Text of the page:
GENEVA, Switzerland — The World Health Organization on Monday released a statement concerning the international spread of poliovirus. Members of the emergency committee reported that toward the end of 2013, 60% of polio cases were the result of the international spread of the virus, with increasing evidence suggesting that adult travelers contributed to the spread.
Pakistan, Cameroon and the Syrian Arab Republic pose the most significant risk of further polio exportations in 2014.The WHO advised these states to officially declare the situation as a national public health emergency. Additionally, according to the WHO, these states should:
- Ensure all residents and long-term visitors (those staying greater than four weeks) receive a dose of OPV or inactivated poliovirus vaccine (IPV) between 4 weeks and 12 months prior to international travel;
- Ensure that those undertaking urgent travel receive a dose of polio vaccine at least by the time of departure; and
- Ensure that travelers are provided a certificate that serves as proof of vaccination.
States should maintain these measures until the following criteria have been met:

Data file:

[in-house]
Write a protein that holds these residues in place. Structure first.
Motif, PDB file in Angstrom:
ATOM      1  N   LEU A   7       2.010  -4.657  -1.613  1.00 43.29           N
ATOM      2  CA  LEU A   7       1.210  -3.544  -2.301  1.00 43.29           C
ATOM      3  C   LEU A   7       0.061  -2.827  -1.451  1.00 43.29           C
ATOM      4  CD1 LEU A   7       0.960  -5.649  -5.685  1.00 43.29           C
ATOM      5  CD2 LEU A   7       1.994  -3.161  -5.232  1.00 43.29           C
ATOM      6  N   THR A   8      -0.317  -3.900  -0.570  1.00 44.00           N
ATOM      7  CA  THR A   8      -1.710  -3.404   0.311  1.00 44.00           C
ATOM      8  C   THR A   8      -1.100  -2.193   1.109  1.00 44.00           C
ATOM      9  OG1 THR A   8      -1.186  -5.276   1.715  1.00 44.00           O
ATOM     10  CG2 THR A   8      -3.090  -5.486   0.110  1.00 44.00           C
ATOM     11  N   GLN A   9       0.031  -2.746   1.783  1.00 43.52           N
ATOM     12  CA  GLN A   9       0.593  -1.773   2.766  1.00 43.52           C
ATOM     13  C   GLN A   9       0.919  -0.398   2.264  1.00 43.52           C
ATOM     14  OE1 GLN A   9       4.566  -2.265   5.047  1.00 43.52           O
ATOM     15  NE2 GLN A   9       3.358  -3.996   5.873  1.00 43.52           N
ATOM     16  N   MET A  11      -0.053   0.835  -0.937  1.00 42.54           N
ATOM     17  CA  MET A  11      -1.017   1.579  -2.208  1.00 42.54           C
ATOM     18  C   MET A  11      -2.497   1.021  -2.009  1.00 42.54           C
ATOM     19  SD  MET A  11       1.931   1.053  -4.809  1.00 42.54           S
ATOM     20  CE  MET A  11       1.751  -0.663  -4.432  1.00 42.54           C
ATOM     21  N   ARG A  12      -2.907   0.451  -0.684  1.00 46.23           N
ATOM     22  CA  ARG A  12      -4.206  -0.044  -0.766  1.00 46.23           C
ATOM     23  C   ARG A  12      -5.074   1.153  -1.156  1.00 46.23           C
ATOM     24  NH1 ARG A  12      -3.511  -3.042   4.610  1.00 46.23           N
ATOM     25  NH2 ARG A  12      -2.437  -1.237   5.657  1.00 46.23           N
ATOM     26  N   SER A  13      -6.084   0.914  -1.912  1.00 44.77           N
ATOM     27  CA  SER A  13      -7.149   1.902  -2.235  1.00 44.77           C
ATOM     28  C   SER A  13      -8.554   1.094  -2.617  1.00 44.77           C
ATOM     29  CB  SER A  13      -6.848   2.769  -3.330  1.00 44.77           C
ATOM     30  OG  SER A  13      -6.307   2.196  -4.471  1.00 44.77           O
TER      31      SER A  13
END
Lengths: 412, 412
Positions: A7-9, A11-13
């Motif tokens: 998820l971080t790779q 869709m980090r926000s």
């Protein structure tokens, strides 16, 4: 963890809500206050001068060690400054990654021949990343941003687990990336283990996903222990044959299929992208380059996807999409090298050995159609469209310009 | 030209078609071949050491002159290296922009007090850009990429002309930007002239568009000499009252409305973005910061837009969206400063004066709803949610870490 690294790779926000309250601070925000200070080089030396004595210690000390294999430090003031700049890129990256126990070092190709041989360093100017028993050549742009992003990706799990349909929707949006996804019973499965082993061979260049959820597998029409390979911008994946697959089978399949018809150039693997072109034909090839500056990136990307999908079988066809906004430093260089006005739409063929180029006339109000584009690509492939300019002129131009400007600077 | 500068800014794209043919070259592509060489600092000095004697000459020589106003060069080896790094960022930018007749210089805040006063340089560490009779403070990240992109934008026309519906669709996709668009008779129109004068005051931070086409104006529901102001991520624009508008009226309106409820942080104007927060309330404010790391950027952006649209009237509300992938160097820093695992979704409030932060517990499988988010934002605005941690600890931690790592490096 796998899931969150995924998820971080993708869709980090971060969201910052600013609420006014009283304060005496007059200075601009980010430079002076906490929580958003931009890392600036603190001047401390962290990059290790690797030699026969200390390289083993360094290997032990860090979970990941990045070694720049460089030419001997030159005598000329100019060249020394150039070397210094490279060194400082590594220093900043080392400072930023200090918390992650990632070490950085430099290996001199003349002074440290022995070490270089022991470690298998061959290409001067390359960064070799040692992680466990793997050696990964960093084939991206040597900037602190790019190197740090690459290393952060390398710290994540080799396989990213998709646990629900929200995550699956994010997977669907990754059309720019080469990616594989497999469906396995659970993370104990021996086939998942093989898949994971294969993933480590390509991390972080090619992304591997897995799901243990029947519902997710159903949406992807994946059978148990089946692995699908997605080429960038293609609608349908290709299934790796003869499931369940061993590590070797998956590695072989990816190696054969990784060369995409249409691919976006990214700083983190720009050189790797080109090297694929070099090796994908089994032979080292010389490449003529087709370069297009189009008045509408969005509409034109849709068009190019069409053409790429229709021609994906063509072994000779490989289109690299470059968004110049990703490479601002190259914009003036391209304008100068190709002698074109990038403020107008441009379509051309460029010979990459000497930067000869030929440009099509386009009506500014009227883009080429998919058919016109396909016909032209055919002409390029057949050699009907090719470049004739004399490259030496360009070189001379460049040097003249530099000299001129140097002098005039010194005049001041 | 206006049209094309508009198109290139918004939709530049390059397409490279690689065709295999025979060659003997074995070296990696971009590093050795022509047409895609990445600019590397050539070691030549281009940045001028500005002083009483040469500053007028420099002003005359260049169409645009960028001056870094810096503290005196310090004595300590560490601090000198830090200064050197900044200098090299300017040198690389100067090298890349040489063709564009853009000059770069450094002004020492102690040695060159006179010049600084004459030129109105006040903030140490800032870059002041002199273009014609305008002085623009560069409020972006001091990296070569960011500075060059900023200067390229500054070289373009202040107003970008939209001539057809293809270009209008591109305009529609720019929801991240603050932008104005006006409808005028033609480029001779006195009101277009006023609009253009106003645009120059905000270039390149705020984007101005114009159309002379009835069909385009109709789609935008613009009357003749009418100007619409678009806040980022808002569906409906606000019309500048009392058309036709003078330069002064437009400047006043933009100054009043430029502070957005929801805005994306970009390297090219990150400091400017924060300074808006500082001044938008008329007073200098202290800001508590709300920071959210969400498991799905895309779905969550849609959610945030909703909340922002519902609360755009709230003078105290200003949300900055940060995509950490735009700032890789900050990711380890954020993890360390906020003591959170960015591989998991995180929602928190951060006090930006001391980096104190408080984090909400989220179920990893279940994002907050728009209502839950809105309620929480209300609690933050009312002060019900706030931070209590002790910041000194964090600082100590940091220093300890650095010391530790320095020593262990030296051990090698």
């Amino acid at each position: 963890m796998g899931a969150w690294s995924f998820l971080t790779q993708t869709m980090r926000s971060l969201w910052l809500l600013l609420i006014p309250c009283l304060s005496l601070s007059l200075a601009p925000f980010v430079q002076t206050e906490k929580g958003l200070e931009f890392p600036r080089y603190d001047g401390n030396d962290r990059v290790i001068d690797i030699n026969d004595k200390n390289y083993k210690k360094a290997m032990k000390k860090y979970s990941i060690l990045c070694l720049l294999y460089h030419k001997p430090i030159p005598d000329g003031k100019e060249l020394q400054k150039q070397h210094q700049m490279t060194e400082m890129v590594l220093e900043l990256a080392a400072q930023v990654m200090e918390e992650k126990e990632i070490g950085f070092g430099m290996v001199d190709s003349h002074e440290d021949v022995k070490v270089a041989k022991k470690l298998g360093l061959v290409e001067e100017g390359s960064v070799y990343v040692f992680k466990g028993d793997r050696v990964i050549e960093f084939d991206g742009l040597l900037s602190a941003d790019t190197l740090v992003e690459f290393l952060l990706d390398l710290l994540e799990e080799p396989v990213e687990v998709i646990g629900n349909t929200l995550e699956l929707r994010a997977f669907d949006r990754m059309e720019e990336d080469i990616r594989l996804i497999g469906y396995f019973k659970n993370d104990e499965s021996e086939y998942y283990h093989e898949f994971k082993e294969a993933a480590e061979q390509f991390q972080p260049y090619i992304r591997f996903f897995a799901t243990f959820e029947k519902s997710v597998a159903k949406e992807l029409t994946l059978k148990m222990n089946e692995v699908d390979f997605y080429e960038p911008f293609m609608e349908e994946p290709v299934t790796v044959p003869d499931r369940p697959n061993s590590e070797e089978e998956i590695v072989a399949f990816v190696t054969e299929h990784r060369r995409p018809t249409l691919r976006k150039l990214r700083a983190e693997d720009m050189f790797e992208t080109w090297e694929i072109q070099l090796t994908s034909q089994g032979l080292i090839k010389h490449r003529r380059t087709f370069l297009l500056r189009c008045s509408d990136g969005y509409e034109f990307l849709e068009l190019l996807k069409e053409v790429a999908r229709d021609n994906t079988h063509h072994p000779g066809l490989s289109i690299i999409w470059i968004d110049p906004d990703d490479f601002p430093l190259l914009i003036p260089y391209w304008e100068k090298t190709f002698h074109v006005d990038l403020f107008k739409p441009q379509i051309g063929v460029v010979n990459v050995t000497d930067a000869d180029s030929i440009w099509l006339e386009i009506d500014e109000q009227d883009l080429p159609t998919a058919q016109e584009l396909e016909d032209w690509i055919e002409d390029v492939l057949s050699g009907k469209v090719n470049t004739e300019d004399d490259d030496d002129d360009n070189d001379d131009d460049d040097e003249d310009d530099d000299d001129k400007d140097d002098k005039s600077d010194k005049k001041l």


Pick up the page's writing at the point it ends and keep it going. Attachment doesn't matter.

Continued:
- At least 6 months have passed without new exportations;
- There is documentation of full application of high-quality eradication activities in all infected and high-risk areas; and
- In the absence of such documentation, these measures should be maintained until at least 12 months have passed without new exportations, according to the WHO.
The following states are currently infected with wild poliovirus, but aren't exporting: Afghanistan, Equatorial Guinea, Ethiopia, Iraq, Israel, Somalia and Nigeria.
"The consequences of further international spread are particularly acute today, given the large number of polio-free but conflict-torn and fragile states which have severely compromised routine immunization services and are at high risk of re-infection," the WHO said in its statement. "Such states would experience extreme difficulty in mounting an effective response were wild poliovirus to be reintroduced. As much international spread occurs across land borders, WHO should continue to facilitate a coordinated regional approach to accelerate interruption of virus transmission in each epidemiologic zone."